There’s a long form article in the New York Times about the Digital Archaeology Institute’s reconstruction of the Elgin Marbles. The author reached out to me for a quote regarding the initiative–I’ve taught about their efforts regarding the triumphal arch in Syria, so I felt comfortable contributing. They used a short quote, and I thought I’d include the longer comment here, as below:
3D replicas can be exciting and useful tools for archaeologists and the public to use for commemoration and to think with. Oxford’s Institute for Digital Archaeology’s previous endeavour, the 3D modelling and reconstruction of the triumphal arch from Palmyra, has been heavily criticised by archaeologists who were concerned with the funding, symbolism, lack of public consultation, and general disconnect from critical thinking by the creators of the model. Archaeologist Dr Zena Kamash from Royal Holloway, led an intervention while the model was located in Trafalgar Square. She and a team of students invited responses on postcards from visitors from the site; these responses showed the alienation of the 3D model, which was placed in a colonial setting as a proxy for British nationalism.
I would have similar questions regarding the Oxford’s Institute for Digital Archaeology’s new project, that of replicating the Parthenon Models. Who is asking for this replication? What population does this replication serve? What are the political implications of such a pursuit? Is there a way we could be using the technology to focus on and reveal the people who created the Parthenon, rather than mechanically reproducing previous art? The repatriation of artefacts from colonial institutions to indigenous communities is an immediate and essential necessity, and of central concern to an ethical archaeological practice. When artefacts become symbols of nationalism and of state power, we need to be very careful about who we are working with and for, and to what end.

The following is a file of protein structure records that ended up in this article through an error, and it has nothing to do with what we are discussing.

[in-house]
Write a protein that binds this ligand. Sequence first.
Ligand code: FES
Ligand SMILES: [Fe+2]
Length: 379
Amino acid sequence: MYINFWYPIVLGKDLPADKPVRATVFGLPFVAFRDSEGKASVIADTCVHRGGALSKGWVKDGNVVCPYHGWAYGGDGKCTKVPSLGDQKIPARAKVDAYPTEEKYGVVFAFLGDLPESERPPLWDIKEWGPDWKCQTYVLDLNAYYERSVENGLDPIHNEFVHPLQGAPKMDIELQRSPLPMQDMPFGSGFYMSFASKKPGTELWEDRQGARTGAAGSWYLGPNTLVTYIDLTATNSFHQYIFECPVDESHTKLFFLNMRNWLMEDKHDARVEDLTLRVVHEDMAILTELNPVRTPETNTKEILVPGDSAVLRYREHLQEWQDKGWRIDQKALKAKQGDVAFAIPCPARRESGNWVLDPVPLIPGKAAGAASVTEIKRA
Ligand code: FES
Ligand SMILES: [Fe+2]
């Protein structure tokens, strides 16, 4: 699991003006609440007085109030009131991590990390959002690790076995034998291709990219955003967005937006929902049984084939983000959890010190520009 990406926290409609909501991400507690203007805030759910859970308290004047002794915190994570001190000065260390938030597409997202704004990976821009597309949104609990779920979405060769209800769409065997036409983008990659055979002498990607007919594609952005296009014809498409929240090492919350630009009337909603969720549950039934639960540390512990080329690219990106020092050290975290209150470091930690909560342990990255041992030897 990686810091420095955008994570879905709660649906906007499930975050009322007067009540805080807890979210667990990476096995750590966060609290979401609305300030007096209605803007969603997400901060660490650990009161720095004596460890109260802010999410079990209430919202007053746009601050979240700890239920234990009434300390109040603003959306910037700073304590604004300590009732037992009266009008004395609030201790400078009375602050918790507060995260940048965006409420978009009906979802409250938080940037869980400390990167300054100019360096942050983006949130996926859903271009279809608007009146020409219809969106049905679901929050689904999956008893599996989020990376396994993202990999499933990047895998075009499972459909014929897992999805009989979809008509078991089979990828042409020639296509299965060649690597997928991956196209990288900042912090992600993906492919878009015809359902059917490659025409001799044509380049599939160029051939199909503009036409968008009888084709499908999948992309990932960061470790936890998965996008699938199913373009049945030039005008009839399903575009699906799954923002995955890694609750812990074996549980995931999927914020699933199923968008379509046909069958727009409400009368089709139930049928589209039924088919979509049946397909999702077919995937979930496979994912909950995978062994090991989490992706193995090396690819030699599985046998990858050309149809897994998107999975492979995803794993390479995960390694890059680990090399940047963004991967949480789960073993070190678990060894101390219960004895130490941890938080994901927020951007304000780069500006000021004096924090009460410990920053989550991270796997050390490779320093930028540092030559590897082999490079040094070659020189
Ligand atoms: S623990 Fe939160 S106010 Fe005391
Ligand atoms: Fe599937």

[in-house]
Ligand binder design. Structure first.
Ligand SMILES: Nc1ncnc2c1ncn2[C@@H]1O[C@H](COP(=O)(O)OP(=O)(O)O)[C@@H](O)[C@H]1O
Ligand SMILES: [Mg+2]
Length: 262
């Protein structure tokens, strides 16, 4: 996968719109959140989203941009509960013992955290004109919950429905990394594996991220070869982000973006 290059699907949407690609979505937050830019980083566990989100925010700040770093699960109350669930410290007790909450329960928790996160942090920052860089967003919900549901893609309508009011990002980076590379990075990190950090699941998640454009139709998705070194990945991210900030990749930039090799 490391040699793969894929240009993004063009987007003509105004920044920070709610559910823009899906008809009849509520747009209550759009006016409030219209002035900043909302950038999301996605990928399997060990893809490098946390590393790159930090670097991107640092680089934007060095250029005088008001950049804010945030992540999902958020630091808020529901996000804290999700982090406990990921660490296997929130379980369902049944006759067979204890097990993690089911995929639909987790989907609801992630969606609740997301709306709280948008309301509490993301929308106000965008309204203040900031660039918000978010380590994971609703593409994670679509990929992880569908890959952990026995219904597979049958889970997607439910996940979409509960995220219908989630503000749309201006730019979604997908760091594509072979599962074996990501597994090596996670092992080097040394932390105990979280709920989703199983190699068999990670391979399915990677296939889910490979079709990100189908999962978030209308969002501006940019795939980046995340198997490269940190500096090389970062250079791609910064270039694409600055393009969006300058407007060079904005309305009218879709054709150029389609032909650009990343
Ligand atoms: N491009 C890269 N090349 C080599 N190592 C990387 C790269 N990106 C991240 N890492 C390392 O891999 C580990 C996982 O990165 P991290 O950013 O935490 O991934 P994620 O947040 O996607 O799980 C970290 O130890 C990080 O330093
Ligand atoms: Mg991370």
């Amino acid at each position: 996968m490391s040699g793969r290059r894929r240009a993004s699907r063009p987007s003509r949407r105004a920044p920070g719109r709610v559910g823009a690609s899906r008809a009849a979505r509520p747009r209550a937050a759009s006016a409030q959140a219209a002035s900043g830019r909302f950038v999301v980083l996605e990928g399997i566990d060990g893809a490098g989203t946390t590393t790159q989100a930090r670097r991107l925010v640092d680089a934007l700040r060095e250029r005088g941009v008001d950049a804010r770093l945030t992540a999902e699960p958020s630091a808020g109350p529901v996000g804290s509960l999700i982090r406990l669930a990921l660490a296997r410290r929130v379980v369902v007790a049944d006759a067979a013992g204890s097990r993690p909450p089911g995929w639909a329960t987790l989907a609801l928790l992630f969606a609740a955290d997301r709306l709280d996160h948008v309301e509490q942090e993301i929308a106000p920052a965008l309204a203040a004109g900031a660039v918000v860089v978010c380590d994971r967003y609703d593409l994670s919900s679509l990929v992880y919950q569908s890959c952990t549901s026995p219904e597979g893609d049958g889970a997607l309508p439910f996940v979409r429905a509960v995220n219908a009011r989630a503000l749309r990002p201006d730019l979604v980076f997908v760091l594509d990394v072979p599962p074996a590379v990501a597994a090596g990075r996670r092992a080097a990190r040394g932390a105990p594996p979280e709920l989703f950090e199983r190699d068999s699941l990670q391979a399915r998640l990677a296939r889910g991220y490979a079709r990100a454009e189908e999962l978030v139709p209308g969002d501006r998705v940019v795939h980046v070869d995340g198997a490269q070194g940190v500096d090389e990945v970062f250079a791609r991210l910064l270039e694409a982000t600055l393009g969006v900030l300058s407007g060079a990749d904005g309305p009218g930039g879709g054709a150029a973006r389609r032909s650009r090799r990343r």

Interestingly I also received an email lambasting me for my perceived (but incorrect) position of retaining the marbles, quickly followed by another email apologizing for their misperception.
We’ll see how many more adventures in the popular press I get this year….